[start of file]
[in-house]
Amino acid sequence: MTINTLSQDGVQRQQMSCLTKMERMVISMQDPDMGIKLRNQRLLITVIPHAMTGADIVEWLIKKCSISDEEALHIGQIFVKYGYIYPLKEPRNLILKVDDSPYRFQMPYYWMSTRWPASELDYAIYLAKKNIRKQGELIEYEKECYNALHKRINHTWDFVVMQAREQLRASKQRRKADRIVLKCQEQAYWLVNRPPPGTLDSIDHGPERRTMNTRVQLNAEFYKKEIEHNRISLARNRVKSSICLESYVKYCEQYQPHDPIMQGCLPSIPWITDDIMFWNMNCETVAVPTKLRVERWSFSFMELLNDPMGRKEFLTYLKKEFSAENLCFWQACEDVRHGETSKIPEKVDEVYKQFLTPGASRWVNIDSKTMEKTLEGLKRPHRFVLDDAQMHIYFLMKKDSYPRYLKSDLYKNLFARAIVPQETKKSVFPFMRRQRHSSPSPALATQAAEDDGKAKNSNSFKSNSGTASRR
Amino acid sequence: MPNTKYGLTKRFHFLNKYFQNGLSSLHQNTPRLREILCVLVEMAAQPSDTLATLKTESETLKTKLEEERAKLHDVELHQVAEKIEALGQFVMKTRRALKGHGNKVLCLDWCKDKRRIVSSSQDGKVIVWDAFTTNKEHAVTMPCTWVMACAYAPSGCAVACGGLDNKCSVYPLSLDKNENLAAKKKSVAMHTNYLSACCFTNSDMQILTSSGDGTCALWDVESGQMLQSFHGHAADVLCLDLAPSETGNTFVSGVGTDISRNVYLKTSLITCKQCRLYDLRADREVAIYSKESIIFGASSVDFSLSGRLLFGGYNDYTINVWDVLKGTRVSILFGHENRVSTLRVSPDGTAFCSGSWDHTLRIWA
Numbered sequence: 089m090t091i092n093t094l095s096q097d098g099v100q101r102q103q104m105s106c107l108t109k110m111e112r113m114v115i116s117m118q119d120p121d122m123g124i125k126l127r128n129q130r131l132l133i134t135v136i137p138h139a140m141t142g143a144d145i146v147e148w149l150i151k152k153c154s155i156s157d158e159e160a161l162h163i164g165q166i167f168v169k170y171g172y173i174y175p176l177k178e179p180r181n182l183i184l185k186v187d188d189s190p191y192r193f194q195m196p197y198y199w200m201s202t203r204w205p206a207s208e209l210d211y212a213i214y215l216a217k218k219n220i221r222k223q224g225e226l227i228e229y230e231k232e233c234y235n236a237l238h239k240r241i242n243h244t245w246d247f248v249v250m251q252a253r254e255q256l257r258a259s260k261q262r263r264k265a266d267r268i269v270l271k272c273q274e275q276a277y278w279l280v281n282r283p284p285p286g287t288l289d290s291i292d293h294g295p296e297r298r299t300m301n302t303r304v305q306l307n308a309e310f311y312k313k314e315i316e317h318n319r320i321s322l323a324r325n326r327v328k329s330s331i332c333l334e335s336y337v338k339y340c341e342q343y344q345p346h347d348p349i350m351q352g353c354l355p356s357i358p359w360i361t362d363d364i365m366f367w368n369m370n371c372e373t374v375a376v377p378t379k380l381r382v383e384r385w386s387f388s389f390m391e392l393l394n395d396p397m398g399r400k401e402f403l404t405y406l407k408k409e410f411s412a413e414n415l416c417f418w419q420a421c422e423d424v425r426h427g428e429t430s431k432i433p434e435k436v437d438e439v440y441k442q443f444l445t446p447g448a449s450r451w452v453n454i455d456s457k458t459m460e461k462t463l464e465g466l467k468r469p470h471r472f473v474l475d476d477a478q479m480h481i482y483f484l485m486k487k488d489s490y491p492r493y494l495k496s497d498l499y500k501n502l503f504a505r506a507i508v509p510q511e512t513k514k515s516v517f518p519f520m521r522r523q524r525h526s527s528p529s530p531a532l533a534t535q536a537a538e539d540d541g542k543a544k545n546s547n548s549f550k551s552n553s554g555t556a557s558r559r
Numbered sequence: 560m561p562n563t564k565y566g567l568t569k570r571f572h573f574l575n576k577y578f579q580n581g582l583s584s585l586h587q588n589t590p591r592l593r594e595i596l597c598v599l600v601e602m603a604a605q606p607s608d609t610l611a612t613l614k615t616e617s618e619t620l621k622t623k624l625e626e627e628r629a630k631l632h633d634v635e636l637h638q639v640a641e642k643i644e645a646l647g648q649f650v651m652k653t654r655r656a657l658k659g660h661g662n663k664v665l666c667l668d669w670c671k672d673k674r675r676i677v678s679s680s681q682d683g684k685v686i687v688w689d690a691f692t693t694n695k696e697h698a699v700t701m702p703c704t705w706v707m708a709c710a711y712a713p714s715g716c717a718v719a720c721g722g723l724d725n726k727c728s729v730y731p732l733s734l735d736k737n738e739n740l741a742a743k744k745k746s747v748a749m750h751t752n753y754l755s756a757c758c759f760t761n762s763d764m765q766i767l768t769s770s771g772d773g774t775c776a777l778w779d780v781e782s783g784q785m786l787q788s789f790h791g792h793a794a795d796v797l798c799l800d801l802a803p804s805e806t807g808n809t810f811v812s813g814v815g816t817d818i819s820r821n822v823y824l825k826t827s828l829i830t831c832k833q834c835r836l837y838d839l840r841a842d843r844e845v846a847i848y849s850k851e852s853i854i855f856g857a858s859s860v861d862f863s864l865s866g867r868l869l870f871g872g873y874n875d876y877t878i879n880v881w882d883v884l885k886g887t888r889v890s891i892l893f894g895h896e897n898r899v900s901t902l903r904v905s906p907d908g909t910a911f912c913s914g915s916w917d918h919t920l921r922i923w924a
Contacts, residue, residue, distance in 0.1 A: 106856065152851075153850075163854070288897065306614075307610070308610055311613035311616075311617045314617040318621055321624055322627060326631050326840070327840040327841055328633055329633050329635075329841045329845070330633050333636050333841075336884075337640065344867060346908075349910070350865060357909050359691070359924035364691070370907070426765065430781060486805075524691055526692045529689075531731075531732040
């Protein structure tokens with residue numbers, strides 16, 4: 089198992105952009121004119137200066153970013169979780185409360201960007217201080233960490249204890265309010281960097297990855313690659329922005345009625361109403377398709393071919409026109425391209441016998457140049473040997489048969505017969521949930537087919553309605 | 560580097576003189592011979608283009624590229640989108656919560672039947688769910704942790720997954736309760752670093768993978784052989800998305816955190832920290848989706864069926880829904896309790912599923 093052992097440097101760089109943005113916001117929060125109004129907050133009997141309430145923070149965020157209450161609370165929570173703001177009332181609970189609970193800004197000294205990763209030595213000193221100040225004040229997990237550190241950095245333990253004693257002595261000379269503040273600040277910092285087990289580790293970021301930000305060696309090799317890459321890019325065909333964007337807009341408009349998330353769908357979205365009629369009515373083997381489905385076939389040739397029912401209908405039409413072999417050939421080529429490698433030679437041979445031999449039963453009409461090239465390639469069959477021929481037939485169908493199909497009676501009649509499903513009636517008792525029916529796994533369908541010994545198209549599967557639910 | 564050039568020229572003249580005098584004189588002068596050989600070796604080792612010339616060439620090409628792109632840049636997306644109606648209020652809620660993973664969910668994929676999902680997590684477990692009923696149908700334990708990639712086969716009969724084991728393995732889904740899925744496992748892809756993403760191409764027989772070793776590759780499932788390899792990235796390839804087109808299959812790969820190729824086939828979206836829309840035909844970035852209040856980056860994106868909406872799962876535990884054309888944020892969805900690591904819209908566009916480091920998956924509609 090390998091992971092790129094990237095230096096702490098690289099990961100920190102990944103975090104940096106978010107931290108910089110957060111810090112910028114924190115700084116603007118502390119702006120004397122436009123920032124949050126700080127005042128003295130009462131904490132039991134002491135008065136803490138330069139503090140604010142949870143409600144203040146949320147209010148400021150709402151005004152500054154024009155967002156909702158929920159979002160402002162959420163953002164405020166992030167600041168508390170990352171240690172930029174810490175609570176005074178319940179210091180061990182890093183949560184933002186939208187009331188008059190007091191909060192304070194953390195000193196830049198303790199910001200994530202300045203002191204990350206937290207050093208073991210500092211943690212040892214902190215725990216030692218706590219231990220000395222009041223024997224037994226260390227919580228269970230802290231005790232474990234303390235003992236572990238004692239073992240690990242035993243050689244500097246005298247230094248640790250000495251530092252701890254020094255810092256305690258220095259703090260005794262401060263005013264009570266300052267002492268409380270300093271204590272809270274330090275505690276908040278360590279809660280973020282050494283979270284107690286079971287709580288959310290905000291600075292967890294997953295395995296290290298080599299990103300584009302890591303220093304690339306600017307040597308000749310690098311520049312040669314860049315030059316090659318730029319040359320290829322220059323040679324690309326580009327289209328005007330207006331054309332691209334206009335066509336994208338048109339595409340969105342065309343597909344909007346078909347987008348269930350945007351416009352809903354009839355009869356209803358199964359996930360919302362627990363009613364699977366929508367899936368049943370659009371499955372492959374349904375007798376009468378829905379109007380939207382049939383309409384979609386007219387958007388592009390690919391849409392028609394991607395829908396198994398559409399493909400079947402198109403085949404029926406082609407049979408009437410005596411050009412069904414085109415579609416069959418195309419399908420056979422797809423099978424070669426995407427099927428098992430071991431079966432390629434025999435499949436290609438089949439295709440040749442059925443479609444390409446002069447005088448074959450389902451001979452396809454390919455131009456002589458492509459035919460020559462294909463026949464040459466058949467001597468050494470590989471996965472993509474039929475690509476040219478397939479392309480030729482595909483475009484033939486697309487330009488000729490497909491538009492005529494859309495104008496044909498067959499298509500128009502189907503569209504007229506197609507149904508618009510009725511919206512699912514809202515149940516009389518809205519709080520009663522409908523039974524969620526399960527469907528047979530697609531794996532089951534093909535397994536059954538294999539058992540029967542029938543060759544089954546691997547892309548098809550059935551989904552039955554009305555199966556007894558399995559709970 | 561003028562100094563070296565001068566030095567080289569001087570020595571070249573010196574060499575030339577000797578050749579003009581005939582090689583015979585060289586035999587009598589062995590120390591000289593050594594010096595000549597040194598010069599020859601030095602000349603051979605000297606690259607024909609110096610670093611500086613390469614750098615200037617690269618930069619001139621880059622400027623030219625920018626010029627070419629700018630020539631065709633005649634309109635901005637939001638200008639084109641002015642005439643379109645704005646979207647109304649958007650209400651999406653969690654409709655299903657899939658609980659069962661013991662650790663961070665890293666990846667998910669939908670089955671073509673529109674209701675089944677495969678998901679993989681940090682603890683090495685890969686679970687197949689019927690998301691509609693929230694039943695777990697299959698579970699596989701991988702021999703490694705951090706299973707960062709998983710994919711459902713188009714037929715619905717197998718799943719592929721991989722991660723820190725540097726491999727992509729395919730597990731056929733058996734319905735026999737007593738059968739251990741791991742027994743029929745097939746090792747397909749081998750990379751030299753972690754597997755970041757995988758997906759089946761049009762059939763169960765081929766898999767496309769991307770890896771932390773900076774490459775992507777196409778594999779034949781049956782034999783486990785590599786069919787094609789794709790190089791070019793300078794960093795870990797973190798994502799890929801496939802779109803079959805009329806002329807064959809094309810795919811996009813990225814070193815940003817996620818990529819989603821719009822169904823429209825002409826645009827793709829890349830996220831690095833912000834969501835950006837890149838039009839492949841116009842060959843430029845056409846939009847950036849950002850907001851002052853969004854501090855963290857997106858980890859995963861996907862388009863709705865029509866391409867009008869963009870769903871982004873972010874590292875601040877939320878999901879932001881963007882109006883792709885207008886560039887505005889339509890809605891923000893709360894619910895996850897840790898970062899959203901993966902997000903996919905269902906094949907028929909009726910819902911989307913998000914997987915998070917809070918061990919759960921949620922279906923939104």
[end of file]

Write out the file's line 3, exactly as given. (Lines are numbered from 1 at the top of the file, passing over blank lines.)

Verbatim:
Amino acid sequence: MPNTKYGLTKRFHFLNKYFQNGLSSLHQNTPRLREILCVLVEMAAQPSDTLATLKTESETLKTKLEEERAKLHDVELHQVAEKIEALGQFVMKTRRALKGHGNKVLCLDWCKDKRRIVSSSQDGKVIVWDAFTTNKEHAVTMPCTWVMACAYAPSGCAVACGGLDNKCSVYPLSLDKNENLAAKKKSVAMHTNYLSACCFTNSDMQILTSSGDGTCALWDVESGQMLQSFHGHAADVLCLDLAPSETGNTFVSGVGTDISRNVYLKTSLITCKQCRLYDLRADREVAIYSKESIIFGASSVDFSLSGRLLFGGYNDYTINVWDVLKGTRVSILFGHENRVSTLRVSPDGTAFCSGSWDHTLRIWA